OKLAHOMA CITY – Russell Westbrook popped up on the big scoreboard at Chesapeake Energy Arena on Wednesday night and promptly got the biggest cheer of the night.
The All-Star guard was watching the game from a suite, bum knee and all, but it looked like it was the rest of the guys on the court who were the ones hurting.
Undoubtedly, the Thunder miss him. It’s shown in the past two games as the eighth-seeded Rockets have won a pair and now are back in Houston on Friday night for a Game 6. But what hasn’t become obvious is the simple fact that this team is good enough to not only get past this Rockets team that is only semi-interested in defense, but good enough to get back to the NBA Finals.
Yeah. This year. Yeah. Without Westbrook.
Yet, here the Thunder are treading, but taking on, water. The sanctuary of a 3-2 lead is comforting as is the fall-back position of knowing there is a Game 7 back in Oklahoma City on Sunday just in case, but it should never get that far.
“One of the things we take pride in is figuring out ways to put ourselves in position to win,” coach Scott Brooks said Thursday. “Last night’s game got away from us, but hopefully that was our bad game.”
It was bad, but the Thunder only need to be mildly better to move on. Not an overhaul, just a combination of not fouling on defense and finding a warm body on offense.
The Thunder did neither Wednesday against Houston in the 107-100 loss, deciding to essentially give up on defense, by fouling Omer Asik for a five-minute stretch of the fourth quarter instead of trying to stop open 3-pointers.
“We weren’t playing good defense,” Brooks said. “No question. We wanted to change the rhythm and the complexion of how they were playing.”
And instead of trying to change what his team was doing, the Thunder started fouling. It didn’t work. Asik made 11 of 16 free throws in the fourth quarter. Combine that with the fact that offensively Durant was alone. He got very little help, so when he went scoreless in the fourth quarter, Oklahoma City went stagnant.
Brooks said the fix is as easy and simple as “just playing better,” a phrase he uses liberally, like an unimaginative cook with salt and pepper, sprinkling it in with no real purpose or direction other than someone said it’s necessary.
So, how does this team play better in Game 6?
Easy. Take Kevin Martin and start him. Take Nick Collison and play him. Take Kendrick Perkins and bench him and take Serge Ibaka and praise him. Do any amount of the above and it’s enough.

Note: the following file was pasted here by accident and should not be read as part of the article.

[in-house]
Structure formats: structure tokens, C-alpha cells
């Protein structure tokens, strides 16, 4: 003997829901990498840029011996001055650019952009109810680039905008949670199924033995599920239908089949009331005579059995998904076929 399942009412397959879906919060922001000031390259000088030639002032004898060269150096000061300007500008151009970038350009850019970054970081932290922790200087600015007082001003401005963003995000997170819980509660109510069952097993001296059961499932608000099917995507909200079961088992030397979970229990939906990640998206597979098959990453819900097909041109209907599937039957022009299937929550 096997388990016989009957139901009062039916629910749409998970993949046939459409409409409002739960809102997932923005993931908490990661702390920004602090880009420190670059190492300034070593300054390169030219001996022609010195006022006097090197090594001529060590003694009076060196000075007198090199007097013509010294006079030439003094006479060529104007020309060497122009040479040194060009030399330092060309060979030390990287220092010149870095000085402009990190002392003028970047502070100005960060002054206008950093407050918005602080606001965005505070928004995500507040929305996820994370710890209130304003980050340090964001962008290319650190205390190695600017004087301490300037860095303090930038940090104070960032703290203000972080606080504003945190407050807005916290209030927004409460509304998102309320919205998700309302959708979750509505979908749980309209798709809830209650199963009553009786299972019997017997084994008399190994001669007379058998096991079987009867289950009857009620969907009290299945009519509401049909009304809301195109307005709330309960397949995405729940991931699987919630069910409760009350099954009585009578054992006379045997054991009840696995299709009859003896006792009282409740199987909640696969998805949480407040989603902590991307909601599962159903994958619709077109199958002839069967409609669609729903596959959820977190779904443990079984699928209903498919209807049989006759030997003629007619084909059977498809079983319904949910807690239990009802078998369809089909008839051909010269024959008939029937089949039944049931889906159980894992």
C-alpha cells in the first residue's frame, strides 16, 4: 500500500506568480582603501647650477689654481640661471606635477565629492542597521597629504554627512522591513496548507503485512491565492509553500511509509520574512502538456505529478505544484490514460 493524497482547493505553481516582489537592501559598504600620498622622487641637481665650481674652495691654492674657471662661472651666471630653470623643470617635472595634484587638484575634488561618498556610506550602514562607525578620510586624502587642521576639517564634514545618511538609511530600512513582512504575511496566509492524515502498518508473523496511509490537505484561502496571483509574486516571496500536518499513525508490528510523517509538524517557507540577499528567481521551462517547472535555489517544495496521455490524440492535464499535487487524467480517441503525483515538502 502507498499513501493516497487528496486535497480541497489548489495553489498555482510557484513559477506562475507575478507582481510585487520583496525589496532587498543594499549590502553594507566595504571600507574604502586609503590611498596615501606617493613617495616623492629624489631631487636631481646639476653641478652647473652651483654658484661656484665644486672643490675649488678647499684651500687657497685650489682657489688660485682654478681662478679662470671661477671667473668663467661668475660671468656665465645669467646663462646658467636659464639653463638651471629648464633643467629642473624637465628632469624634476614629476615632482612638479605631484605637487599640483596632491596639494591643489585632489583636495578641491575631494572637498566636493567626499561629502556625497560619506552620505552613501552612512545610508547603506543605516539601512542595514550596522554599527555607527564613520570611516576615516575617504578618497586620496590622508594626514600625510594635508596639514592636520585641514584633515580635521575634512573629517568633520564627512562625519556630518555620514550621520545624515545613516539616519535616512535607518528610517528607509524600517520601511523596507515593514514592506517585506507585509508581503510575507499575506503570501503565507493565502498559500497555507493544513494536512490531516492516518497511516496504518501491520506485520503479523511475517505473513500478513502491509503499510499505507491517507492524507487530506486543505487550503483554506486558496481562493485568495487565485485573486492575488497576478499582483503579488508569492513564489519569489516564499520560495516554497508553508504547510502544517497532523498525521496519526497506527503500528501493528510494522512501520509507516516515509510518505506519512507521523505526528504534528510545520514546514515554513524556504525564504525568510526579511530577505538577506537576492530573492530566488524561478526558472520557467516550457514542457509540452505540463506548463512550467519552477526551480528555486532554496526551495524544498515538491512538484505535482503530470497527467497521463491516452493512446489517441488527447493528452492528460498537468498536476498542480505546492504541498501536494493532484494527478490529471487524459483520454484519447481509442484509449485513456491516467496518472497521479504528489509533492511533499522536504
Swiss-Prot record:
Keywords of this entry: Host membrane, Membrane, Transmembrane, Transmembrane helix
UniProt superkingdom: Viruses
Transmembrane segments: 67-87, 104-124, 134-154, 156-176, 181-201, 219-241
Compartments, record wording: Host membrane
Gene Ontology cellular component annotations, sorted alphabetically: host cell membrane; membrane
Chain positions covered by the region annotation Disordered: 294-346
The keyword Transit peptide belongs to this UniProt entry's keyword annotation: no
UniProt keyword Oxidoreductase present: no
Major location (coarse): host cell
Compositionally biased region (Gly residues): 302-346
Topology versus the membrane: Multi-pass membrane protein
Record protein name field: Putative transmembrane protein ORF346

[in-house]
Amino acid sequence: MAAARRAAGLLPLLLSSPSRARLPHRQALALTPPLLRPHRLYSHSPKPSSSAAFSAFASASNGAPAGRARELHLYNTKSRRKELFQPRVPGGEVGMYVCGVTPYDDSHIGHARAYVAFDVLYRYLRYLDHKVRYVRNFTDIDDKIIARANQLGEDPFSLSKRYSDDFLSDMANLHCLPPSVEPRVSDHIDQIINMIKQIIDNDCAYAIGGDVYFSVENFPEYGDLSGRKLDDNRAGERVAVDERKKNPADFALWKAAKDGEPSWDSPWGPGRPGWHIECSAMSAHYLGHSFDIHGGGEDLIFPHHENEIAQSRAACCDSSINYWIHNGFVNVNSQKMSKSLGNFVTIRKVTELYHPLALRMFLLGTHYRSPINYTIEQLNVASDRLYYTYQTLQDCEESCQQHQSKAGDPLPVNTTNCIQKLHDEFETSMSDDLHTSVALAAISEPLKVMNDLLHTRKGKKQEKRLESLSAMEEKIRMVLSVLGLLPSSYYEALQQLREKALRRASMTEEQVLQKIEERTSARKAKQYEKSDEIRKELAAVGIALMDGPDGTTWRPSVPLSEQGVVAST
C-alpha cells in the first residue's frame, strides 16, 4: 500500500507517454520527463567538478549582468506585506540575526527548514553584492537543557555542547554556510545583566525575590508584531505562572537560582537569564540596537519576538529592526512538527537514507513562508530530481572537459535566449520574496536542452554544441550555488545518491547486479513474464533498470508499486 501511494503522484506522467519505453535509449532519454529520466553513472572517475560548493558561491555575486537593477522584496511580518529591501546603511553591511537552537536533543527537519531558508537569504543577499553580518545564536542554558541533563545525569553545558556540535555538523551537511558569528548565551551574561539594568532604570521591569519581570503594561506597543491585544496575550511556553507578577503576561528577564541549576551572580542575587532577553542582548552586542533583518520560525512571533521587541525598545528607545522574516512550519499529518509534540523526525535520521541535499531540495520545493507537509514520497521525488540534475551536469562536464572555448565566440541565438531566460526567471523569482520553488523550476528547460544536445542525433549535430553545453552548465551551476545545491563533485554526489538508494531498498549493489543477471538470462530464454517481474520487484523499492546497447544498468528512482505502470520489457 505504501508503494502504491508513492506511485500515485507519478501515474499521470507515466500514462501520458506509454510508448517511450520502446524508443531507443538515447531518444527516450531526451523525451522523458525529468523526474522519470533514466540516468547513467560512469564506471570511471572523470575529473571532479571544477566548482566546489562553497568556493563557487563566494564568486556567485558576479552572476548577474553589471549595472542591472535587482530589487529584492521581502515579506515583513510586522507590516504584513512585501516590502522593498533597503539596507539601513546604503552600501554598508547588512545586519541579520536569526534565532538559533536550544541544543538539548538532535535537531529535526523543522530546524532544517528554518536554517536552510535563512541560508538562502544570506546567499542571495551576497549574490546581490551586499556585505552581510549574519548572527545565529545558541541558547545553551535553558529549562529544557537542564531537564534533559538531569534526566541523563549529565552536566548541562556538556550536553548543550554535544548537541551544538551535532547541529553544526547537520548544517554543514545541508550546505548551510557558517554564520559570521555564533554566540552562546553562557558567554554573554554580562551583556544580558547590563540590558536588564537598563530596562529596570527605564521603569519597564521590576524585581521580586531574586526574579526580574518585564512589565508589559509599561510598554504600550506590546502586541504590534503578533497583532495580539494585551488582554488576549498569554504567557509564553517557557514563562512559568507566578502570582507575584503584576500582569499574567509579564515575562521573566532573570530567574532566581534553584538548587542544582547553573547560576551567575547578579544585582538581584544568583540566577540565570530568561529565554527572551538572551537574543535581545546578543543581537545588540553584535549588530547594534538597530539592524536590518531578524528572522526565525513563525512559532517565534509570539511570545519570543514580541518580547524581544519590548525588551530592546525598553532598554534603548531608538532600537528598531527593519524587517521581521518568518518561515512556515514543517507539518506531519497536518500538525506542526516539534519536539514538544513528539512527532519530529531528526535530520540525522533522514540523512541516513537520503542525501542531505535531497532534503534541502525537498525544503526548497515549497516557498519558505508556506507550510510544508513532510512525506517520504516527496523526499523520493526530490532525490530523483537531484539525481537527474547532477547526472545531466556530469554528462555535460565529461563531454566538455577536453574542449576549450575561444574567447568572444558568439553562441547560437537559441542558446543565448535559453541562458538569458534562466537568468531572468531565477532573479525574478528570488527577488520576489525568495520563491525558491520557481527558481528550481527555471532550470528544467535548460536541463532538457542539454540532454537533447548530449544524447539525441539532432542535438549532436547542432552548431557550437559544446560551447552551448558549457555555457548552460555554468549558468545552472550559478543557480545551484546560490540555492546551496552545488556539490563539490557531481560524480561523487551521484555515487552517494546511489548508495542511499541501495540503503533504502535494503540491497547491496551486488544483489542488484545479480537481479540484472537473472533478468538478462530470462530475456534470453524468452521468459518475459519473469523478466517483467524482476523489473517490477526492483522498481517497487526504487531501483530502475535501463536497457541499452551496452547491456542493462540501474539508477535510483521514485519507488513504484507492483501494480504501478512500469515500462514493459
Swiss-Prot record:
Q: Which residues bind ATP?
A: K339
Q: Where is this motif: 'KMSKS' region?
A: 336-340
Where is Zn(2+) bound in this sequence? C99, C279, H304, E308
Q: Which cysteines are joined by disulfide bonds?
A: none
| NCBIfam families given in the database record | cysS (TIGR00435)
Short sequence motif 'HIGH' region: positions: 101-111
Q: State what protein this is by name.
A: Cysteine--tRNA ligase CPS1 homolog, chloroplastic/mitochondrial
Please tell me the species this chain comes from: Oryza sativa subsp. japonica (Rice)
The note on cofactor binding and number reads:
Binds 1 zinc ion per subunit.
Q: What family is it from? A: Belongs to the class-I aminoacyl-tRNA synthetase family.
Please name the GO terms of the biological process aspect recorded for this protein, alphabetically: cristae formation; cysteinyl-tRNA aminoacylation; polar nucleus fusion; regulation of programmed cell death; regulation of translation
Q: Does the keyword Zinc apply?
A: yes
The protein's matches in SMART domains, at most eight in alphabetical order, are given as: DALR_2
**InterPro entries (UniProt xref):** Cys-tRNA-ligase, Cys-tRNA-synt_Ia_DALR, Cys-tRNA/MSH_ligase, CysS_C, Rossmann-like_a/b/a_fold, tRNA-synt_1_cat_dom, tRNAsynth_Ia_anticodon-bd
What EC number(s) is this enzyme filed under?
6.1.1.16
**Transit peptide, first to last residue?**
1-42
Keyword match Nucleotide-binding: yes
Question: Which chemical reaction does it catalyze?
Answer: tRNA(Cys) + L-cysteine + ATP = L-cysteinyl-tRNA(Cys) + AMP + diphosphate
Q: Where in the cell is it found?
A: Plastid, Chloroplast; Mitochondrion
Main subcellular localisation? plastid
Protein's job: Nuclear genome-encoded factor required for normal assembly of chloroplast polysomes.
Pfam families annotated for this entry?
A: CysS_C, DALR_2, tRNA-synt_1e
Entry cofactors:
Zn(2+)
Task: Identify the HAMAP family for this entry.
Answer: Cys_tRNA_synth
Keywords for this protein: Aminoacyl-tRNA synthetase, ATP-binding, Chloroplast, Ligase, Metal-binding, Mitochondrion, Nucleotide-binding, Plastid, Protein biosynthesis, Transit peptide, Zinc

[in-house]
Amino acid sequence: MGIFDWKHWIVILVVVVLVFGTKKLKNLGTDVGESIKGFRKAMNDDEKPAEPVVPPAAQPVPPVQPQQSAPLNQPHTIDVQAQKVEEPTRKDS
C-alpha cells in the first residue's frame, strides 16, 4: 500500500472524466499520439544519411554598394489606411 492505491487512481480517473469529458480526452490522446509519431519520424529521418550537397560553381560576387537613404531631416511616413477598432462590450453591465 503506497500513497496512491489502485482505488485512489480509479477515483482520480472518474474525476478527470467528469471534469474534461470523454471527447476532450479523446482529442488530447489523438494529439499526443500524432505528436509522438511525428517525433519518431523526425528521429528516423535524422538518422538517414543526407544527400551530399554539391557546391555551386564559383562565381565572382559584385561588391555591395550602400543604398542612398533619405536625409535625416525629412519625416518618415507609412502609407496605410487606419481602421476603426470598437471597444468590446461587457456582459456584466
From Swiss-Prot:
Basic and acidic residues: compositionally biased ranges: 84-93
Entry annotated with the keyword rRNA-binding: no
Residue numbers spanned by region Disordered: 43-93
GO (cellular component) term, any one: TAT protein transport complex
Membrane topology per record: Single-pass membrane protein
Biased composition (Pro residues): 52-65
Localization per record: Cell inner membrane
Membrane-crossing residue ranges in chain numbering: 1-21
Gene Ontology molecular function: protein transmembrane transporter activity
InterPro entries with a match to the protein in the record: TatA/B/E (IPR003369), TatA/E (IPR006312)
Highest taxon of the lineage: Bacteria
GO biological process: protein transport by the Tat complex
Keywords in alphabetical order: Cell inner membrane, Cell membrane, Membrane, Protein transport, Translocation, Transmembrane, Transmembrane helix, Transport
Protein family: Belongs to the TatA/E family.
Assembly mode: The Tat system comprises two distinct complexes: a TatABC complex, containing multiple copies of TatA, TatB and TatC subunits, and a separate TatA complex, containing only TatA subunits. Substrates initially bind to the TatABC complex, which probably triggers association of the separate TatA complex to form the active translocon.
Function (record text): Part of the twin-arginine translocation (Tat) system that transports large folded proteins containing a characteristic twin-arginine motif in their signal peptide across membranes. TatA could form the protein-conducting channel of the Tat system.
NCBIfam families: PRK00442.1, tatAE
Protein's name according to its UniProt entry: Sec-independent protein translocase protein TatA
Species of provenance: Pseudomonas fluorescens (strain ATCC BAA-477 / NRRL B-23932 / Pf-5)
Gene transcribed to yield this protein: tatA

Martin has been beyond dreadful in the series, highlighted by a 1-for-10, three-point showing Wednesday, so while it’s hard to say he needs to shoot more, it might be the only option. Change things up by starting him for the first time this season. Get him the ball often. Get him some confidence early, like Durant suggested late Wednesday night. The better Martin plays the better it will be for Durant. Martin, like Durant and Reggie Jackson, can create his own shot. Tell him to get to work on it.
Then there’s the case of Collison. He provided a necessary contribution in the first half, going for six points, two rebounds and two blocks in six minutes. In the second half, Collison didn’t play. When asked if he felt like Collison should have played more, Brooks responded with, “I wish we would have gotten more stops.” But that wasn’t a possibility either as Brooks decided against playing defense, choosing to foul instead.
Perkins isn’t a fit for this series against the smaller, guard-oriented Rockets, so playing the quicker Collison seems to make sense. Meanwhile, Ibaka had 14 points and nine rebounds Wednesday but managed just five rebounds and eight shots in Game 4. He has to be counted on, not to carry the team, but to just show up.
Someone. Anyone. If the Thunder get a player besides Durant to be offensive-minded and contribute with some regularity, then this team makes it back to the Finals.
“If I could pinpoint one guy making a mistake, we’d have to do something about it,” Brooks said. “It was five guys. We started the game and made seven mistakes in eight possessions. I wasn’t going to take all five guys out. Maybe I should have. Maybe that’s the next thing. I’m joking on that one.”
Not really funny, though. Oklahoma City was bad on offense Wednesday, yeah, but it was worse on defense, allowing a 37-point third quarter from Houston when the Rockets shot 70 percent from the field.
“We just have to play better,” said Brooks, going with the old standby line. “We have to play tough-minded, defensive basketball. The defensive things we have to clean up. When you give open 3s and mistake 3s to a good shooting team you’re going to have a tough night. We did that too many times.”
And too many times Durant was trying to do it all. He shouldn’t have to.
“We know we have to play better,” Brooks said. “We also know we’re up 3-2. Our focus is on re-grouping and figuring out some of things that we can improve on and do it for 48 minutes.”
It’s a simple fix. Get some help for Durant and show up on defense.